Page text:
● The Show Must Go On: Behind the Scenes
● People Like Us: Everyday Folks - More or Less
● In Times Like These: Films of Ideas
● Over the Rainbow: 1939 - The Best of Everything - Almost
Is your brain churning, trying to figure out in which chapter your favorite 1930s film will appear? The book is filled with wonderful stills from films you don't see every day (not even on TCM) and a more than complete glossary of titles and another or persons. What more could a movie lover ask for? It has been a treasure trove of information for me and an endless source of delight. The binding is a little cracked and the pages worn and a bit worse for the wear, but all of these "blemishes" are proof of the love I have for this wonderful book.
|Fiddle de dee this is a great book!|
It's also fascinating to view his comments from the time period it was written in -- before the pre-Code revival (many films from the early '30s were still in vaults or not part of TV syndication packages because they were deemed too racy). Norma Shearer was alive, but if she was remembered at all, it was chiefly for "Romeo And Juliet" and her later work. At the time, the name "Loretta Young" conjured up visions of her TV anthology series and her prim '40s image, not the exciting, luminous, youthful beauty we know today. Constance Bennett was barely remembered, and then only as Joan's sister or possibly the first Marion Kerby (lesser known than her TV counterpart, Anne Jeffreys). Heck, I doubt the term "pre-Code" was used at the time; Mick LaSalle was probably still in school.
It's such a great book - no pre-code "cool" - just honest fan and good scholarship and analysis.
Thank you, FlickChick. I LOVE this book!
I bought it twenty-odd years ago, read it cover to cover, and sent a thank-you letter to the author, who responded with another letter.
Even though nowadays I Google info I need in a hurry, I still consult this book for its authoritative, detailed, perceptive write-ups on the films and film genres of the 1930s. My copy is probably in even worse shape than yours!
Wish there were comparable books that cover other decades. And more film historians like Roger Dooley.
How did I not know about this book??? Oooo! And it's for sale on Amazon for 4 cents plus postage! Thanks for alerting me to this one!
4 cents1 Wow - I hope you don't have to pay $50 postage! I hope it's a good copy! Please let me know if you like it! (I know you will!).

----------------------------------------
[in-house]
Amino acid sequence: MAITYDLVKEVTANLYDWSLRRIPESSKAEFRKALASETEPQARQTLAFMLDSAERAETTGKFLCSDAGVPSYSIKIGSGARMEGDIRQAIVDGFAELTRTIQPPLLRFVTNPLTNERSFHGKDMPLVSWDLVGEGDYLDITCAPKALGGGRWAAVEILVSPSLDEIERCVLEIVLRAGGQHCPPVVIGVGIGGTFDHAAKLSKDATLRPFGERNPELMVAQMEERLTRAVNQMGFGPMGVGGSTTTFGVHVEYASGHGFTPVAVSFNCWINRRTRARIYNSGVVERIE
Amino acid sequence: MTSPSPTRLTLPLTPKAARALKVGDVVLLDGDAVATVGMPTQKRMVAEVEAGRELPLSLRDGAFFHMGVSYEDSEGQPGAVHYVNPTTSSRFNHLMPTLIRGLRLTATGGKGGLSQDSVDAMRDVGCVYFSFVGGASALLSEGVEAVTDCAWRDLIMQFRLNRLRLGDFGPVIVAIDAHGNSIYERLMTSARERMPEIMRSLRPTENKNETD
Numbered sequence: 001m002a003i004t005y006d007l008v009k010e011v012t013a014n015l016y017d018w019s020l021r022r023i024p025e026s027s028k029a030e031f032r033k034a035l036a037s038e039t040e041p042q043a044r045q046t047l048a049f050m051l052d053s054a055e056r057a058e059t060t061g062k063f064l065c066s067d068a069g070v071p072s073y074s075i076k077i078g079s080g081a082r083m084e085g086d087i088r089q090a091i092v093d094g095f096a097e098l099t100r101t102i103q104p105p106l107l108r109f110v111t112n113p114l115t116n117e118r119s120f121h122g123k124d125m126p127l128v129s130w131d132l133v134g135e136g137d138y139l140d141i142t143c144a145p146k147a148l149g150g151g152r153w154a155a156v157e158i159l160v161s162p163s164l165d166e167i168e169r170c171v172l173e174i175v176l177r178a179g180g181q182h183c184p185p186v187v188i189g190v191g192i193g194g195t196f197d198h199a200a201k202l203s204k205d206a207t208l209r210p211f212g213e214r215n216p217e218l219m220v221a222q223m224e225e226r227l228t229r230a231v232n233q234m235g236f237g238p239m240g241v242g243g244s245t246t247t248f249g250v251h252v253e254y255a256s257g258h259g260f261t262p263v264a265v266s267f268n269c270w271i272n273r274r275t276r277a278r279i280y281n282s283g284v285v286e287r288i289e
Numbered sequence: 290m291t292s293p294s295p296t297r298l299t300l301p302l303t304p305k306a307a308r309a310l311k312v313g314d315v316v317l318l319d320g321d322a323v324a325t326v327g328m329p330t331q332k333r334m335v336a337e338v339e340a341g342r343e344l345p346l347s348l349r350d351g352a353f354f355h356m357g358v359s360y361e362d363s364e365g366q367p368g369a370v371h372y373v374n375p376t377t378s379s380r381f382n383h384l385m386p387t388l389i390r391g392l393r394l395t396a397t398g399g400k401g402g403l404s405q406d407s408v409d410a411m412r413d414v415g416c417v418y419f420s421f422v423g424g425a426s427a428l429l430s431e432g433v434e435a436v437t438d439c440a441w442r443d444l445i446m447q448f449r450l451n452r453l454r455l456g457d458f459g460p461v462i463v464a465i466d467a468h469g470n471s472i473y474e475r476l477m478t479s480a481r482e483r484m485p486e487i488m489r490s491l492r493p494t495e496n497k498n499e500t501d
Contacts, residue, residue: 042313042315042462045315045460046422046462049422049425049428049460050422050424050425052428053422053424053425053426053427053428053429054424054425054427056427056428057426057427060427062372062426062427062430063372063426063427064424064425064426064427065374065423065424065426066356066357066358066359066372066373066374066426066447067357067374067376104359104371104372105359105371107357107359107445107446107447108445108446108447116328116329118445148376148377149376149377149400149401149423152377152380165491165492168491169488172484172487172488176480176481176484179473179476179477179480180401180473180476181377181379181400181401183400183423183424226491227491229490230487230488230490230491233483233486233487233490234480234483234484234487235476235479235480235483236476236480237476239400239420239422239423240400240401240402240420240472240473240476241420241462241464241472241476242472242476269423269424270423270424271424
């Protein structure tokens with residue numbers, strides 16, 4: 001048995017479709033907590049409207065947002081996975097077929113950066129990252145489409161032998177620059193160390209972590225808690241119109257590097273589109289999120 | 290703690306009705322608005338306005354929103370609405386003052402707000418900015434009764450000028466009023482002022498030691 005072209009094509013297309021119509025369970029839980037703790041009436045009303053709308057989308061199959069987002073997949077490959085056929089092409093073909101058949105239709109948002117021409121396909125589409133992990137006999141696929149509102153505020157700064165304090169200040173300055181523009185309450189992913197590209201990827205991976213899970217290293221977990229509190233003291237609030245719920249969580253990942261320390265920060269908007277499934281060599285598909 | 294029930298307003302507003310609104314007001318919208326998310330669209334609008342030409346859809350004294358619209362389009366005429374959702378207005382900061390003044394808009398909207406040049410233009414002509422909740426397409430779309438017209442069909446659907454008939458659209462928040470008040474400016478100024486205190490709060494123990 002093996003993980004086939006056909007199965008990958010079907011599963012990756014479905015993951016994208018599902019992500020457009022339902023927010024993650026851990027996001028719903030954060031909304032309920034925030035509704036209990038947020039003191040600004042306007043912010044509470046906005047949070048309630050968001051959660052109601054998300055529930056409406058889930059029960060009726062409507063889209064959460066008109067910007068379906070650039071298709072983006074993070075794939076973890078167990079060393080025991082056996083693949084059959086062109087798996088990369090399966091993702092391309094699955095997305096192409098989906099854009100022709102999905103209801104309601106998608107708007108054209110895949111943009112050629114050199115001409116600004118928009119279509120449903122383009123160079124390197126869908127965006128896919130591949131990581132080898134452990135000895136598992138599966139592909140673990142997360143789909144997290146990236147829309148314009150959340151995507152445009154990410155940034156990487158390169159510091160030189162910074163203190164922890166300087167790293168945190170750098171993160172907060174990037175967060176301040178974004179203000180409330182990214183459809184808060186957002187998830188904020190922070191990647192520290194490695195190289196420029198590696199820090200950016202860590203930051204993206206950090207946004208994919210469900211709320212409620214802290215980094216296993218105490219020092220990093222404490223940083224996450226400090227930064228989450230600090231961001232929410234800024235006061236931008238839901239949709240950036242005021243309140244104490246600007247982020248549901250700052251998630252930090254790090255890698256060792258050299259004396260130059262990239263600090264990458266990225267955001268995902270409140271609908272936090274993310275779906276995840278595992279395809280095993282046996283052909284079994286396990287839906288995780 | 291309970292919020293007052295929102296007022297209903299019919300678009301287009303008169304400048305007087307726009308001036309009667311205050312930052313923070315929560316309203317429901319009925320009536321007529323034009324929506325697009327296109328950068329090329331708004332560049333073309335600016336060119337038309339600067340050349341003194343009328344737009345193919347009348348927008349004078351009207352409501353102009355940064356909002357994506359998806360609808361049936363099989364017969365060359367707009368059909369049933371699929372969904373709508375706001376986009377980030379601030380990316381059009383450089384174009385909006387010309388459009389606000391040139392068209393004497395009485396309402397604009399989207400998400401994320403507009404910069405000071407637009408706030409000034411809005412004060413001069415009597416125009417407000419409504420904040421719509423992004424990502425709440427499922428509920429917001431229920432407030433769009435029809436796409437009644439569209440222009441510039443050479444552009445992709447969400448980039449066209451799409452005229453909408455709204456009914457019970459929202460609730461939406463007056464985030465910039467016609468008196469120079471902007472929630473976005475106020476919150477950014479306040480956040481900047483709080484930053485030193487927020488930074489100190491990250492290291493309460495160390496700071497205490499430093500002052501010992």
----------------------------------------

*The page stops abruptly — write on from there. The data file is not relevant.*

Great, I just love your post on movie books you love. I always learn something I did not know from you Flick Chick! Thank you.
I was hopuing you spotted Kay Francis in her lingerie!
FlickChick -I follow your book recommendations closely, having been totally thrilled with my mint-condition Amazon.com copy of John Kobal's "The Art of the Great Hollywood Portrait Photographers," a book you recommended a few months ago. And it was quite a bit more than 4 cents (though worth every dollar)! Will have to check this one out...
Most fascinating, and I love that stunning shot of Gable and Crawford at the beginning.
Thanks, Lady Eve. The Kobal book is indeed worth every penny. This is another of my favorites and the massive amount of information and the clever organization and commentary makes it one of my most prized "keepers." Prices vary from the ridiculously expensive to the ridiculously cheap (I'd be a little suspicious of the condition).
You captured some of the most memorable films of that time and I couldn't agree more about the overuse of certain terms to describe stars, films etc that don't fit the term by a long shot!
This book sounds like my cup of tea. I'll be sure to add it to my Amazon 'get' list for myself by Christmas.
Thanks so much for taking the time to give us a quick peak into what is surely a fun read.
Thanks, Page. I know you'll like it if you can find it!
FlickChick, this certainly sounds like a fabulous book. I think the most compelling thing you said was about the author: "Dooley writes like a real fan. A scholarly and knowledgeable one, to be sure, but a fan first and foremost." That makes all the difference. So many books about movies seem to be written like history books without soul. Boy, I don't know how I would pick a favorite chapter either, although you know me -- the gangster era is a real love of mine. I'm going to check out the good old library first, then see if I can find it on line. You make it sound like something I've got have!
Hi Becky: I was certainly thinking of you when I decided to feature the gangster chapters! One thing I truly dislike is a "film snob." It's entertainment for the masses and I one of the masses!